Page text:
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Day: November 12, 2021

When to Start Using a Database with R or Python

Roel Hogervorst thinks about data sizes in R and Python:

Your dataset becomes so big and unwieldy that operations take a long time. How long is too long? That depends on you, I get annoyed if I don’ t get feedback within 20 seconds (and I love it when a program shows me a progress bar at that point, at least I know how long it will take!), your boundary may lay at some other point. When you reach that point of annoyance or point of no longer being able to do your work. You should improve your workflow.

I will show you how to do some speedups by using other R packages, in python moving from pandas to polars, or leveraging databases. I see some hesitancy about moving to a database for analytical work, and that is too bad. Bad for two reasons, one: it is super simple, two it will save you a lot of time.

I definitely agree with Roel’s bottom line here. Granted, part of that is domain knowledge, but databases are extremely good at handling data and both languages have plenty of database accessibility.

One last tip, though: if you’re on the data science or data analytics track, learn SQL. Yes, libraries like dbplyr in R or ORMs in Python can cover up a lot, but that comes at a cost, typically in terms of performance. Building these skills will make your life considerably easier.

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SQL Saturday Orlando Notes

Andy Warren reflects on hosting the only in-person SQL Saturday in the United States this year:

We held an in-person SQLSaturday here in Orlando last weekend (Oct 30th). We didn’t organize one last year, there was just too much risk and too much uncertainty, so it felt good to return to something close to normal this year, even in scaled back fashion. I’ve got a lot of notes to share about how we ran the event this year!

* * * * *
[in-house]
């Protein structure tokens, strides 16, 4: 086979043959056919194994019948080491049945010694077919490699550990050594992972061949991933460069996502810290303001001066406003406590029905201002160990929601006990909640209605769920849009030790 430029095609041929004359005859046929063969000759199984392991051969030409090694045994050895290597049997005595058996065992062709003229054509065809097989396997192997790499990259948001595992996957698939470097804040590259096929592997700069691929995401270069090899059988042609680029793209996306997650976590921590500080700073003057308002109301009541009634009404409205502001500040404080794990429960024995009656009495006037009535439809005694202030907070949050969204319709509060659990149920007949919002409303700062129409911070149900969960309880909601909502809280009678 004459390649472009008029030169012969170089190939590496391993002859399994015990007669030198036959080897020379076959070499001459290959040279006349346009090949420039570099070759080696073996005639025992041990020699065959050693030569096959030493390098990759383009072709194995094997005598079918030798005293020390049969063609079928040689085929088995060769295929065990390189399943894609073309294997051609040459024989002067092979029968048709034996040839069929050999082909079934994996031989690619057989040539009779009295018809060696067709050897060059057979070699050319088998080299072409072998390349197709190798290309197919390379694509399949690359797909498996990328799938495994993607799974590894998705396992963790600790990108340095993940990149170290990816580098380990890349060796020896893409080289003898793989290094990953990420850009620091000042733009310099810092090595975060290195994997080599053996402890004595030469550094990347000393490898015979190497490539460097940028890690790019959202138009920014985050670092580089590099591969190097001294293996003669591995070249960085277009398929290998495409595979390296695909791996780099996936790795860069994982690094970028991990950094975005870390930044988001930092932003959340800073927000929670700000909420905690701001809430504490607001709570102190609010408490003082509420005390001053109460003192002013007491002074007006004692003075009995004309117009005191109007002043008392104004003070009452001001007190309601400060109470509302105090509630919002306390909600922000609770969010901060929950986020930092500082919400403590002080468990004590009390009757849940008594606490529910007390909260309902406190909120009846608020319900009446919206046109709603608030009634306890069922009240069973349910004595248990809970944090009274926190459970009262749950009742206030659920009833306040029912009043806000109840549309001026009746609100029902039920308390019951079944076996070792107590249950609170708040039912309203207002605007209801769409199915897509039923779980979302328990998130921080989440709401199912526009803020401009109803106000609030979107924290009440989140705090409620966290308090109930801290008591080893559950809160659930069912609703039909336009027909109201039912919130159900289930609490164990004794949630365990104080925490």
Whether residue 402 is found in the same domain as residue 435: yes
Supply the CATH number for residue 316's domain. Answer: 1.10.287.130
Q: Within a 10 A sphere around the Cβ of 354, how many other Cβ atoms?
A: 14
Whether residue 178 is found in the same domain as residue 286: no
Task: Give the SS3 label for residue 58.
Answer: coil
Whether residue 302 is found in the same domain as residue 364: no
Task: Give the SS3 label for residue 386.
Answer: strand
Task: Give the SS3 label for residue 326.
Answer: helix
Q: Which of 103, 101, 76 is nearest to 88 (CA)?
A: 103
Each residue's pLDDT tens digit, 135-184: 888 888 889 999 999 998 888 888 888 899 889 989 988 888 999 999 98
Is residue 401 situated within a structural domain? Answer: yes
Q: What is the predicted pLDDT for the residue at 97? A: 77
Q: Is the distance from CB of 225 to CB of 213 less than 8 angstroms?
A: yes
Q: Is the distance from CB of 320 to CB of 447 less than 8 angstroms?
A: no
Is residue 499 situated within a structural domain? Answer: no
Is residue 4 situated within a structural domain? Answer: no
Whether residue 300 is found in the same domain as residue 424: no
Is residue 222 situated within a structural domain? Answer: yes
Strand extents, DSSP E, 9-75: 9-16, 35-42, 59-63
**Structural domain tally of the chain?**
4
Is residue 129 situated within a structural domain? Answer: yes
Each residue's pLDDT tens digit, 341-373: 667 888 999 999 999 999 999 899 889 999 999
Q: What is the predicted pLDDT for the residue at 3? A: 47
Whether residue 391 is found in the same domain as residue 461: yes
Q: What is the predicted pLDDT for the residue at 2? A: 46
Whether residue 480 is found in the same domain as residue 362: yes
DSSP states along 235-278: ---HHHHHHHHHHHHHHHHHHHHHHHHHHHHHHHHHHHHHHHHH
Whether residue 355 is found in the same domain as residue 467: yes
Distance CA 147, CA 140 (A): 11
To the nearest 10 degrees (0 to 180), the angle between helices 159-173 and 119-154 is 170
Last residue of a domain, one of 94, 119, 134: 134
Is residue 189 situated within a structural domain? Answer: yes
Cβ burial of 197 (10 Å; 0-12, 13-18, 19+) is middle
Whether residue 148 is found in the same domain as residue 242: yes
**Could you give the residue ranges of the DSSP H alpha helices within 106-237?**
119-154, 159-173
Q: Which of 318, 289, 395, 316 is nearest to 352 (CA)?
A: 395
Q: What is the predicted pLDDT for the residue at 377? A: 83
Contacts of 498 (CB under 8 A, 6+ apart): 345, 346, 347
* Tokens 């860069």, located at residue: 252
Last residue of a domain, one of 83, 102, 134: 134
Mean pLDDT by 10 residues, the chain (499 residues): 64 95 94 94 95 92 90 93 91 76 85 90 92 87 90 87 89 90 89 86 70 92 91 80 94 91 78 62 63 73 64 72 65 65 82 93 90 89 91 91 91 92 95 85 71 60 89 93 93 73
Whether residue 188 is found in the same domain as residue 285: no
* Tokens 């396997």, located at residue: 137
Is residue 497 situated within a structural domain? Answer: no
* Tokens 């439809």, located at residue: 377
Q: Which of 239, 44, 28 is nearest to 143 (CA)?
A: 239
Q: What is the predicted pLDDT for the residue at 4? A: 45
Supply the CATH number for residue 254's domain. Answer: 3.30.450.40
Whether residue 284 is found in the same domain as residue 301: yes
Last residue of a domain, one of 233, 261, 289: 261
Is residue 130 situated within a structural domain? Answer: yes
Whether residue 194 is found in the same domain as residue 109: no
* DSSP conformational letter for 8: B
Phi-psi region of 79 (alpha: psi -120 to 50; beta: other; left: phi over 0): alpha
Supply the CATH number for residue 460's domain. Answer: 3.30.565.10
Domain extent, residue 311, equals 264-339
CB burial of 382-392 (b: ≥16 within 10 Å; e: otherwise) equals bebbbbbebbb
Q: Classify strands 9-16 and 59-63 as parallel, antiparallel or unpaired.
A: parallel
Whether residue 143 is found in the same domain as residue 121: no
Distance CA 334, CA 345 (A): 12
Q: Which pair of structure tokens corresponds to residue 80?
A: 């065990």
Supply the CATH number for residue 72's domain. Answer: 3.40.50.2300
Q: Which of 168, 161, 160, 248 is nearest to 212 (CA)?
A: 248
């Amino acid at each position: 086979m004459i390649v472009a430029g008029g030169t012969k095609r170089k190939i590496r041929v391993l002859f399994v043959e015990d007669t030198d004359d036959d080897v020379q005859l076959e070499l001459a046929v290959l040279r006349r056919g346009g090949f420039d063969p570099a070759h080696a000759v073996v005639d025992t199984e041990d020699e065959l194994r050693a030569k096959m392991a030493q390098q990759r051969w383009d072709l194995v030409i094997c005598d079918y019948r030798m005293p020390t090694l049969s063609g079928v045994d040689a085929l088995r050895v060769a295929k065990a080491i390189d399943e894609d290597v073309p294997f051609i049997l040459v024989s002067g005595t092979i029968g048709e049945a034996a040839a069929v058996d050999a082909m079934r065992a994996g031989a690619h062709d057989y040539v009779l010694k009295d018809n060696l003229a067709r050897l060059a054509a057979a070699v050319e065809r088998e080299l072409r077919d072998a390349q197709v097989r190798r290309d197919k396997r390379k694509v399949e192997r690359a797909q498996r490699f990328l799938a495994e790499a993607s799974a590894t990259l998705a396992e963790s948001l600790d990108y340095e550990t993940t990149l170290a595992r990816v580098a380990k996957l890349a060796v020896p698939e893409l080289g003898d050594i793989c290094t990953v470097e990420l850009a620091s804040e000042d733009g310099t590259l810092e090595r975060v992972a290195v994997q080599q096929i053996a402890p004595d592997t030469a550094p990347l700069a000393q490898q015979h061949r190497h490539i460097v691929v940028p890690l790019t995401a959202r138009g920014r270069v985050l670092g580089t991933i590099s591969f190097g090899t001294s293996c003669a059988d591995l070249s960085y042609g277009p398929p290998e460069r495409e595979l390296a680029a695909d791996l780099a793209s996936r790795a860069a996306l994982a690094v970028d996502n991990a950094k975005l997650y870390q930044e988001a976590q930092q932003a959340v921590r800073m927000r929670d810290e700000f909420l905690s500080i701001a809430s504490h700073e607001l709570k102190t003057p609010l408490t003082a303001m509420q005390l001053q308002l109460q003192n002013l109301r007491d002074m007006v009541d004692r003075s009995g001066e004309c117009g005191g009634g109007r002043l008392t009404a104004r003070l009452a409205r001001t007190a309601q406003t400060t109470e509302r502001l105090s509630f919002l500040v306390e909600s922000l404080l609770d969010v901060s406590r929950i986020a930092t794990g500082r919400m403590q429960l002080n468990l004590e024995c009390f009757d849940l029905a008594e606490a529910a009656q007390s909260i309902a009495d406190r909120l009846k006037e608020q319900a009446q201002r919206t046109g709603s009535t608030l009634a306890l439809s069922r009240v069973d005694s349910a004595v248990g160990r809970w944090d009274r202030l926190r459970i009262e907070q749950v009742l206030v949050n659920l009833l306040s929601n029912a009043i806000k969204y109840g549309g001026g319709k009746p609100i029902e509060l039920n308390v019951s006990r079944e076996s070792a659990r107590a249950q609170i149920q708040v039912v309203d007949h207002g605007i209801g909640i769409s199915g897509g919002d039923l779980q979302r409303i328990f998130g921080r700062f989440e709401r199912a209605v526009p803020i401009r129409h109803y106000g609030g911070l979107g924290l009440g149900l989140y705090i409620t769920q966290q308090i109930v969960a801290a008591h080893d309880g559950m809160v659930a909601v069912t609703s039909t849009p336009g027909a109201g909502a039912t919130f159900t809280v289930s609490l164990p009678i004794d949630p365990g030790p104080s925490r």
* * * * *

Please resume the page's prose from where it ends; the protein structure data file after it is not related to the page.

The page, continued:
The journey started at the end of 2020. We wrote up our plan for 2021 knowing there were a lot of unknowns, but hoping things would improve enough to resume doing the things we used to do as a local group and that included organizing a SQLSaturday. As this year has progressed attendance at our virtual meetings dropped, as did our enthusiasm for having them. Enthusiasm matters a lot when it comes to volunteer work and while I know many of you like the virtual format, it’s just not what I want to do. That narrowed the option list to having an in-person SQLSaturday or not doing one at all, not a great range of choices.

Read on for a lot of details. I appreciate how transparent Andy has always been with respect to running events like this and if you’re thinking about a SQL Saturday in 2022, definitely read Andy’s post.

Also, the event was small, but it was really nice to get to see people I hadn’t seen in years, so thank you, Andy, for putting on the show.

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Updates to Azure Synapse Link

Aria Jelinek outlines the value of Azure Synapse Link:

New as of Ignite 2021, customers can optimize queries by setting custom partitions for their Azure Cosmos DB analytical store using keys that are commonly used as query filters. This compacts and optimizes the analytical data written to the partitioned store, resulting in better query performance even when working with a high volume of update or delete operations.